They call them wild cards for a reason.
At least one wild-card team has won in the opening round of the NFL playoffs in each of the last five postseasons. In the two years since the league expanded to seven playoff team, a wild-card team has gone all the way to its respective conference title games. The Buccaneers won the Super Bowl LV in February 2021 as the No. 5-seed in the NFC.
Which wild-card teams in this season's playoff bracket are most scary? I've made my picks. One per conference.
Let's go back a year, when, on the Pick Six Podcast TikTok, I posted a video about the 49ers being the dark horse team in the playoffs, and my rationale mainly focused on the fact that San Francisco had an abnormal amount of stars/superstars -- Trent Williams, Fred Warner, Nick Bosa, Deebo Samuel, and George Kittle -- for a club not hosting a playoff game. They went 10-7 during the regular season, then upended the Cowboys in Dallas, the top-seeded Packers in Lambeau and held a late, fourth-quarter lead over the eventual Super Bowl champion Rams in the NFC title game.
I get similar vibes from this season's Chargers, another 10-7 club.
Los Angeles enters Saturday night's game in Jacksonville as a wild-card team with the following studs: Joey Bosa, Keenan Allen, Derwin James, Austin Ekeler, and Khalil Mack. Mike Williams appears to be OK after his injury scare in Week 18.
Oh yeah, and Justin Herbert. The driver of this team.
Now, I'm among those who feel the Chargers' use of Herbert can be likened to owning a Ferrari solely to drive through the school zone, but he's as physically capable to make outrageous -- and I mean OUTRAGEOUS -- throws as well as Patrick Mahomes and Josh Allen. What makes the Chargers offense compelling beyond their incredibly gifted passer is the fact that the system drives him away from being boom or bust. He's completed over 65% of his passes in all three of his regular seasons to date and sent a career high completion rate of 68.2% in Year 3.
Also, the Chargers are peaking. They went 5-2 down the stretch when they needed it most, and in Week 18, the starters did not play the whole game -- the fact they played at all is sort of baffling, and Brandon Staley's decision to play them for multiple series on offense and defense could be an article of its own. In those seven games, Herbert completed 70.6% of his throws at a respectable 7.09 yards per attempt with nine touchdowns and three interceptions.
Also in that time frame, the Chargers defense finished 10th in EPA allowed per dropback. Quality pass defense goes a long way in the playoffs. And the defense is finally fully healthy.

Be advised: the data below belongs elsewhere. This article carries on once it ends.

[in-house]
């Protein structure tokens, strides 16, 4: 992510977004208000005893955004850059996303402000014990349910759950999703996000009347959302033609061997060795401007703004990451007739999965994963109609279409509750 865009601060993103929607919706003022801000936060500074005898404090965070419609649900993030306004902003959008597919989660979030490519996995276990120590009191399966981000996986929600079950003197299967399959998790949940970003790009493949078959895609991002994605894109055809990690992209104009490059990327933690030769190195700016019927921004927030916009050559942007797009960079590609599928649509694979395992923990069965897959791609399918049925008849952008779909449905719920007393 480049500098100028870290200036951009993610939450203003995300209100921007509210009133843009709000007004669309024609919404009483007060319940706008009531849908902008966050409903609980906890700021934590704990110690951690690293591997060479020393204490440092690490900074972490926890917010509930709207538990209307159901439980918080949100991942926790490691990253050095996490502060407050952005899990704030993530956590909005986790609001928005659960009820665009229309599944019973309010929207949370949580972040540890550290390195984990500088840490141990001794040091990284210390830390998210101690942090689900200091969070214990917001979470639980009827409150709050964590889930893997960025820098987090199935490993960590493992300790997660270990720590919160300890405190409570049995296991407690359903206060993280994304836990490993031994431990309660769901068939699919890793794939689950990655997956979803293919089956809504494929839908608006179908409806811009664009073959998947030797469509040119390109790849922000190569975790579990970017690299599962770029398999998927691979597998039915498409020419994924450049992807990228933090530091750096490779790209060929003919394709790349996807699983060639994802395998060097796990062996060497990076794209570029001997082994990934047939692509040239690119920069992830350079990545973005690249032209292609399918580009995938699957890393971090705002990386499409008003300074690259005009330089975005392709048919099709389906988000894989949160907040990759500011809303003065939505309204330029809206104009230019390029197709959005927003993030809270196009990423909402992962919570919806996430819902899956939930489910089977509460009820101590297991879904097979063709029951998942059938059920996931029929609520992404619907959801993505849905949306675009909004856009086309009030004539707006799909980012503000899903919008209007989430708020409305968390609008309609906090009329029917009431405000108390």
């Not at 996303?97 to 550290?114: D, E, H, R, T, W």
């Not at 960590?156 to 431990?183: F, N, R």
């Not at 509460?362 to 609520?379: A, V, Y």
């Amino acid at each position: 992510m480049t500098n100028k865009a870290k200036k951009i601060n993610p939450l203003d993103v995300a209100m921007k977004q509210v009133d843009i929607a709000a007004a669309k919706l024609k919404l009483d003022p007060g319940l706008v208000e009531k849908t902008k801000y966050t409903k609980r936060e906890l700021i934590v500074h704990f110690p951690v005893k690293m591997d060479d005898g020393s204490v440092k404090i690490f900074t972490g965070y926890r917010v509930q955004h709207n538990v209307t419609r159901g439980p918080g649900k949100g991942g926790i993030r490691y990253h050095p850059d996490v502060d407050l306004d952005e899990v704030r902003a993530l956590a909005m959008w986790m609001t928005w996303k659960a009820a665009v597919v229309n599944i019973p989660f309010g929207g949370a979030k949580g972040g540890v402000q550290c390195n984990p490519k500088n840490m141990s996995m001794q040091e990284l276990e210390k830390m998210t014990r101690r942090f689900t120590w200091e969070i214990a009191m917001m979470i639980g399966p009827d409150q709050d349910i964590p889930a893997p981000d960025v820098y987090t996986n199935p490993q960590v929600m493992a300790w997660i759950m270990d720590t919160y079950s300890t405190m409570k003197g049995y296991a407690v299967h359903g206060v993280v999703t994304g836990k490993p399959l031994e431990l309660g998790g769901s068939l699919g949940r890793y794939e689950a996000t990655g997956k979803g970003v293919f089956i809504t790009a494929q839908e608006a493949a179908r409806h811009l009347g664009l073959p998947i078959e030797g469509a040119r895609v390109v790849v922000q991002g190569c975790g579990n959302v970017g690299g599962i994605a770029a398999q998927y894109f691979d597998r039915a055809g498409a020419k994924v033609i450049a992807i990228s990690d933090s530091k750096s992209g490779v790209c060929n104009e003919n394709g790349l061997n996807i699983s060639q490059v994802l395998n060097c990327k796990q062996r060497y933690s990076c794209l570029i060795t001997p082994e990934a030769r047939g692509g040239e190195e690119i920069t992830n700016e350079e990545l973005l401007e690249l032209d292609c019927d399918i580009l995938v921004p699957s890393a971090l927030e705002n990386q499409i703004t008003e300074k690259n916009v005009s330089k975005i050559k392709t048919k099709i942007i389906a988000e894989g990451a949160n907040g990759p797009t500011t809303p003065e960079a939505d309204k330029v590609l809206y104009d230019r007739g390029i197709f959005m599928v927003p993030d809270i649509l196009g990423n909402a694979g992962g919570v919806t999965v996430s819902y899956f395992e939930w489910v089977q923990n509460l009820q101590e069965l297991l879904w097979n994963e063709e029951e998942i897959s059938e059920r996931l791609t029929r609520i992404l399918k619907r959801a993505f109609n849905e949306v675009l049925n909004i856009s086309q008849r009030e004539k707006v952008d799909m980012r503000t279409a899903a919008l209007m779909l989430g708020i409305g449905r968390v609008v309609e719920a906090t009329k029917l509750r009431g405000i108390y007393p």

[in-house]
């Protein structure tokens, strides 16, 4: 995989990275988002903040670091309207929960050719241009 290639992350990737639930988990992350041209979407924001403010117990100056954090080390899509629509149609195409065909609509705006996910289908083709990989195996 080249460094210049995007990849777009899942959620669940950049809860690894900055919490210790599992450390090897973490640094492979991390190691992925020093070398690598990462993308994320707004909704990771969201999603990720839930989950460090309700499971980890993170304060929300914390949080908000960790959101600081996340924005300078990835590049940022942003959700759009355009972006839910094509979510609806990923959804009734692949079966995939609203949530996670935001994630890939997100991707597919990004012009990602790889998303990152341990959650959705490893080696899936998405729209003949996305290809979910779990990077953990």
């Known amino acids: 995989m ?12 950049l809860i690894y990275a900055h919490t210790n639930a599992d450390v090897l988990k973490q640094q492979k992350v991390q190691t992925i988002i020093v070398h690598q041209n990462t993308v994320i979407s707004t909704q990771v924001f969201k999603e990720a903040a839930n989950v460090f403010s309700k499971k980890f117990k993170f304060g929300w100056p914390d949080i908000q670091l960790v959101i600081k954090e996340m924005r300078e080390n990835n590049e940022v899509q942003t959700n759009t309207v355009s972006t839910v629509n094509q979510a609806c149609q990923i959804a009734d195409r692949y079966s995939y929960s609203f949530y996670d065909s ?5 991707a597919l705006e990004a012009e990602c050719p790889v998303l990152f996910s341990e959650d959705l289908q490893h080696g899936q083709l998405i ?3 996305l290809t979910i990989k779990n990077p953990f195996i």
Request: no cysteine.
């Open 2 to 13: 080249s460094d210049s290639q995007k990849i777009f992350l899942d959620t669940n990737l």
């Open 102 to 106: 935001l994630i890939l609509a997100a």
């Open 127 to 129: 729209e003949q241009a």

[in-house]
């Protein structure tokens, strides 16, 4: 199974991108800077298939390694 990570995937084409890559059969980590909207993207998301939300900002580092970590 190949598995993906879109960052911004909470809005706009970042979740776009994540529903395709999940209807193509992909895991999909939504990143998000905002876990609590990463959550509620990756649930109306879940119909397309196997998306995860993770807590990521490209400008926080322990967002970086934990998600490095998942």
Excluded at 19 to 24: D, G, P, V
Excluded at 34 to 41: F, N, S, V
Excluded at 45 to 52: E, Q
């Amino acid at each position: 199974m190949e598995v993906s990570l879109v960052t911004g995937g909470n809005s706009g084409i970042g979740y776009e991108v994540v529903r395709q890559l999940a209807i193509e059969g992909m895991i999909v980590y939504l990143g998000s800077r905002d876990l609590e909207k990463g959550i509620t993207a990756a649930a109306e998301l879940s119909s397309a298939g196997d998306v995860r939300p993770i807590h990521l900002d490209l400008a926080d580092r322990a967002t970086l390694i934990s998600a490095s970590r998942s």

Los Angeles isn't perfect. Neither were last year's 49ers. Herbert gets hit too much. The offense probably isn't optimized for the style of quarterback they have. And, heck, they were blown out at home by the Jaguars in Week 3.
But they have DUDES. And the likes of Bosa, Ekeler, Mack, Allen, Williams, and James are the type of needle-moving players that can elevate others around them and their team in key moments in postseason contests. Herbert has all-world talent. The five-seed Chargers are a frightening wild-card team.
I had a whole thing typed about the Cowboys. Then I flipped to the Seahawks. Ultimately didn't love either one. I've confidently landed on the Giants.
Are they humming on offense or defense right now? No. They started 7-3 and finished 9-7-1.
But I trust Coach of the Year candidate Brian Daboll to maximize New York's talent and make necessary adjustments in the postseason. Remember too, the Giants took the Vikings to the brink on Christmas Eve before losing on a 61-yard field goal.
The Giants sit at the opposite end of the spectrum to the Chargers. Los Angeles is oozing with superstar-caliber players and doesn't always play to its potential. Daboll and Co. squeeze every last ounce of ability from everyone on the 53-man roster. But it's not like that roster is barren of top-tier talent. Saquon Barkley will probably be named to one of the All-Pro teams. Defensive tackle Dexter Lawrence deserves a nod there too. Rookie Kayvon Thibodeaux is a three-down wrecking ball on the outside and Leonard Williams is no slouch up front.
New York doesn't emanate a classic "scary wild-card team" aura. They're very well-rounded. Each unit can pick up others when they're having an off day. They want to play arduous knock-down-drag-out football and keep it close. And they're very successful in doing that.
The Giants played in 13 one-score games in the regular season. More than the Vikings! They went 8-4-1 in those contests, and that's counting a valiant effort by backups in Week 18 on the road in Philadelphia. (Bonus: Kenny Golladay scored a touchdown!)
In that loss to the Vikings a few weeks ago, the Giants had the same amount of first downs as Minnesota (23), Daniel Jones threw for more yards than Kirk Cousins with a better yards-per-attempt average, Barkley outgained Dalvin Cook on the ground, and the Giants outgained the Vikings as a team.
Hats off to Minnesota for all the magic it conjured in 2022. Eventually, the One-Score Game Gods zap every team back to reality, and the Vikings went 11-0 in one-score games this season.
The Giants have the roster makeup, head coach, and regression to the mean on their side to spring an upset in the first round of the playoffs and land back in Philadelphia in the second round of the playoffs.